- The Washington Times - Sunday, January 26, 2003

MONTREAL Washington Capitals coach Bruce Cassidy wasn't surprised that Montreal had a breakaway or two yesterday during overtime. That's going to happen when you have a relatively offensive-minded team.
Another guy who wasn't all that surprised by the breakaways was goalie Olie Kolzig. He's seen that before and all too often. In fact, Kolzig is actually quite good at stopping them now he turned away two clean breakaways in the overtime when his team was outshot 5-2 which is why the Caps walked away from Bell Centre with a 1-1 draw.
The tie earned the Caps a critical point in the standings and kept Washington unbeaten in its last three games (1-0-2).
"I thought we played well enough to get a point if not both of them," Cassidy said after his team outplayed the Canadiens for most of the afternoon but couldn't get more than one shot past Jose Theodore.
The Caps had a fairly sizable shooting advantage (35-30), but Montreal did an excellent job of keeping rebounds to a minimum. And one of the few times the Canadiens failed to do so cost them.
"In overtime, we played to win a lot of times; we have a lot of offensive-minded guys," Cassidy said. "I certainly wasn't surprised we gave up a breakaway."
Actually, it was two if anyone besides Kolzig was counting. Those incidents tend to come when the offensive-minded people fail to pay attention to both ends of the ice and their goalie gets to know the opposition up close and personal.
Aging veteran Doug Gilmour bore down on Kolzig at 2:50 of overtime and tried a backhand; Kolzig made an effortless stop.
Patrick Traverse was the second intruder, slipping in with 25 seconds remaining. He tried a forehand shot without a lot of mustard, and Kolzig kicked that out, too.
The game reached the extra period because of two guys playing on the Caps' fourth line, Dainius Zubrus and Andreas Salomonsson. Zubrus sent a shot in on Theodore, and the goalie rejected it. It appeared the puck would clear the zone, but Josh Green stopped it from exiting and sent it back toward the crease. There Salomonsson hammered once but was stopped. He hammered a second time and got it past Theodore for his first goal of the season.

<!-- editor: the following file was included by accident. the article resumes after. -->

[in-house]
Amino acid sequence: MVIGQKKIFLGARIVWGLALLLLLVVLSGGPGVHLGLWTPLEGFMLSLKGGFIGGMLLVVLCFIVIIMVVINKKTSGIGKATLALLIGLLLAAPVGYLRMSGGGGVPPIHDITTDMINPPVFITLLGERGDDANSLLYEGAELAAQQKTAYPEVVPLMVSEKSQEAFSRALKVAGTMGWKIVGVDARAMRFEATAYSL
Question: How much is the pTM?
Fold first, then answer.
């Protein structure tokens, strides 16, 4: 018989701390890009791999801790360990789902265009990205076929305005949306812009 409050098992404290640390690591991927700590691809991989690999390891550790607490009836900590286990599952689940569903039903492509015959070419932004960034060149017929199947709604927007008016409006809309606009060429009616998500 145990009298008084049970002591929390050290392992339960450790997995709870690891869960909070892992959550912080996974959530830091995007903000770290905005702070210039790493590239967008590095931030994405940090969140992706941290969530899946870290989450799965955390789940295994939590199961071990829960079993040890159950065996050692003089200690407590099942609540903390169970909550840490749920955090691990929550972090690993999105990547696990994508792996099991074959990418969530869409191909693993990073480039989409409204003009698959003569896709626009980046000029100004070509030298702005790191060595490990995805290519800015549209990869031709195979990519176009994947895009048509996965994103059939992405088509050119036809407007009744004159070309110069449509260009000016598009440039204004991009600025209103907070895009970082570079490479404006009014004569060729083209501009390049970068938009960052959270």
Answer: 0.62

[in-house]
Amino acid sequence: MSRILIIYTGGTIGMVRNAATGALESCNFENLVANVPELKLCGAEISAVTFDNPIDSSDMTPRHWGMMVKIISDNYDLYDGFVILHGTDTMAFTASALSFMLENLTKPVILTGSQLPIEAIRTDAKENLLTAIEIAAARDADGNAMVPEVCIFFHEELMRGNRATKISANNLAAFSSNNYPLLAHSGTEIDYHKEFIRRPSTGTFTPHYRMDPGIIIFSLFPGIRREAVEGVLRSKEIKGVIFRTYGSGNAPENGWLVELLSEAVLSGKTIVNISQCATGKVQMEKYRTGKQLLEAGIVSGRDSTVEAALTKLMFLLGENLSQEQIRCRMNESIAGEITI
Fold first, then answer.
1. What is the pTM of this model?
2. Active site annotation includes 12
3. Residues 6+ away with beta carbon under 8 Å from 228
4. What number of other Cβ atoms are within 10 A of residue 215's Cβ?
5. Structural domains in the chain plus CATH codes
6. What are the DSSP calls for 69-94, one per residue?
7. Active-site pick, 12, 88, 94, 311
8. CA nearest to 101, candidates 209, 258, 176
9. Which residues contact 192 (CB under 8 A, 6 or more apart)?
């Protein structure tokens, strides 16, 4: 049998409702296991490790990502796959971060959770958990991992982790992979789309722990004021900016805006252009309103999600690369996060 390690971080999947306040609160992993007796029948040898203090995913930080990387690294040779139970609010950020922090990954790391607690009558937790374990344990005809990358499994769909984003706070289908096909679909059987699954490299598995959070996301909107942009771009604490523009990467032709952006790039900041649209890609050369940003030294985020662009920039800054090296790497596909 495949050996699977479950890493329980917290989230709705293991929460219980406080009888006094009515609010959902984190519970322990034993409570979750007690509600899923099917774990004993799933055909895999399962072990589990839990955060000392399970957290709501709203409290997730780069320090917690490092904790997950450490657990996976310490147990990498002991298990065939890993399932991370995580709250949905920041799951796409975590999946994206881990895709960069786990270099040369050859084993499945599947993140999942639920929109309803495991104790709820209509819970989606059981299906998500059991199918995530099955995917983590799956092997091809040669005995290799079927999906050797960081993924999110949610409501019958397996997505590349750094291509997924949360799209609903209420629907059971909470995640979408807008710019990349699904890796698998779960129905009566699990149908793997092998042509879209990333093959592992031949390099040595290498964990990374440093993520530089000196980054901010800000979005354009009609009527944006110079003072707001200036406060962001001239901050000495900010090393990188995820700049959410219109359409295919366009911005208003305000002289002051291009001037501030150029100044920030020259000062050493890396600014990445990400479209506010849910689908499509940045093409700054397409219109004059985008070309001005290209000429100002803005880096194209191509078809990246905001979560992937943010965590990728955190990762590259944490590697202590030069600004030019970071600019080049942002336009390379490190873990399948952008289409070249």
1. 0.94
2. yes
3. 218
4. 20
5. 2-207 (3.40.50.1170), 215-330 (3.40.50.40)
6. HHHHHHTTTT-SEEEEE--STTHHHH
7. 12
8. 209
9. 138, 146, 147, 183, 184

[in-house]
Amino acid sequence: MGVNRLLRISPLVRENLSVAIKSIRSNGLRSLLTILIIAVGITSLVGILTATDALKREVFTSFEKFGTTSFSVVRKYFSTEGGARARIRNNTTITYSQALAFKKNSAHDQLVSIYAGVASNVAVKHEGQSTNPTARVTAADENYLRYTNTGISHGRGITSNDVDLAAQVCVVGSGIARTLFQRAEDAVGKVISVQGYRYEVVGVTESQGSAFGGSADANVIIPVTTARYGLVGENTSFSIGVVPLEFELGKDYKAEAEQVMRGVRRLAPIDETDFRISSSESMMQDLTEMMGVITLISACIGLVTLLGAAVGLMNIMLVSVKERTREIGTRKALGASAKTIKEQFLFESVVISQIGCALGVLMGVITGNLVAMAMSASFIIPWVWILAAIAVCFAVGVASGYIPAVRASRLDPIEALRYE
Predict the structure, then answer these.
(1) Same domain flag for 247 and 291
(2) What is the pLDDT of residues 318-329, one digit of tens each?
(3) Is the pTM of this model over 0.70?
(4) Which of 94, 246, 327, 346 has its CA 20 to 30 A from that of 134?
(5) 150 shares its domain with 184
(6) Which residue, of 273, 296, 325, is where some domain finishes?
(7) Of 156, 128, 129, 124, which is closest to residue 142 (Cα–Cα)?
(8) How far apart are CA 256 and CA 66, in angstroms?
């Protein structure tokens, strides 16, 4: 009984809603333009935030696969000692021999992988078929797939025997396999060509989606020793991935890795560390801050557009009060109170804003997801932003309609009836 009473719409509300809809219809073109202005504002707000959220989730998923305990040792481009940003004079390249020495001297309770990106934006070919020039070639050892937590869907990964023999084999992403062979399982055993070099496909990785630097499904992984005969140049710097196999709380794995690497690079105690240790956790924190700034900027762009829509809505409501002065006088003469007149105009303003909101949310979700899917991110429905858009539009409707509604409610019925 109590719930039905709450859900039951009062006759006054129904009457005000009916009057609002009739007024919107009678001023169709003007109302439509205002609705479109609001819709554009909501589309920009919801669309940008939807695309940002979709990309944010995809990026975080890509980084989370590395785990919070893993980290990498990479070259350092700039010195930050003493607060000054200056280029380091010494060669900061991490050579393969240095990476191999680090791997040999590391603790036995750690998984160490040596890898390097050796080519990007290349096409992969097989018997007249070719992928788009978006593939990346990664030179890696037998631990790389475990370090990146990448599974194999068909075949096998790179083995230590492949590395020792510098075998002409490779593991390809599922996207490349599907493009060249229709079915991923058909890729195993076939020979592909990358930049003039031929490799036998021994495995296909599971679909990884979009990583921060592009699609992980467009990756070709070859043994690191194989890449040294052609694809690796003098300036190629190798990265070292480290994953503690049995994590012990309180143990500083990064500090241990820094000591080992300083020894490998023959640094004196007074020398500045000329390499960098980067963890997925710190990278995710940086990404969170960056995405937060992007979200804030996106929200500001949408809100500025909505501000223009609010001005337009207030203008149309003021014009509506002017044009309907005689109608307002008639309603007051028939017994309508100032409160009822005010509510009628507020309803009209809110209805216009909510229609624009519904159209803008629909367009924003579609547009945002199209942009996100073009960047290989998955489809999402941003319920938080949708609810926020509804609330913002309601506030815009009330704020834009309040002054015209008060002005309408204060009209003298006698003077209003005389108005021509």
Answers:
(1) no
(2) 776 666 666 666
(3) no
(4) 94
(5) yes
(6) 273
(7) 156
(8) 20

Salomonsson, normally a wing, didn't even know if he would play yesterday. Cassidy decided to take big Alex Henry out because Montreal doesn't really have a physical force who Henry could match up against.
"It was a decision I made this morning," Cassidy said. "We talked with Salomonsson on [Friday] about maybe moving him into the middle, see if that helps. We tried that [yesterday], and he responded well so maybe there's something there."
Salomonsson was obtained from New Jersey off waivers on Oct.#16 and has played in only 30 games, often with little success. His defense was fair, but there seemed to be little in the way of offense until yesterday.
The Montreal goal came early. Montreal was on the power play with Brian Sutherby serving an extra minor after a dust-up with Craig Rivet. Gilmour started the small melee when he speared Michael Nylander directly in front of the Montreal net and sent the Caps center to the ice. There was no call, so Sutherby decided to send his own message.
On the goal, Patrice Brisebois fired from the left side along the blue line with Saku Koivu running interference in front of the net. The puck arrived on the scene, glanced off defenseman Ken Klee, struck Koivu on the left thigh and bounced high in the air. Kolzig didn't see the puck until it whizzed past his left ear. He stabbed at it but not in time. It was just out of his reach and entered the net just beyond his glove.
The goal was the 15th of the season for Koivu and the 100th of his NHL career. That in itself is a remarkable feat; a year ago he was suffering from stomach cancer and there was doubt he would ever play the game again.
Defenseman Jason Doig, who has played very well since he was recalled from Portland, Maine, on Dec.#3, pulled a hamstring late in the first period and did not return. His availability for today's home game against the New York Rangers was not known.


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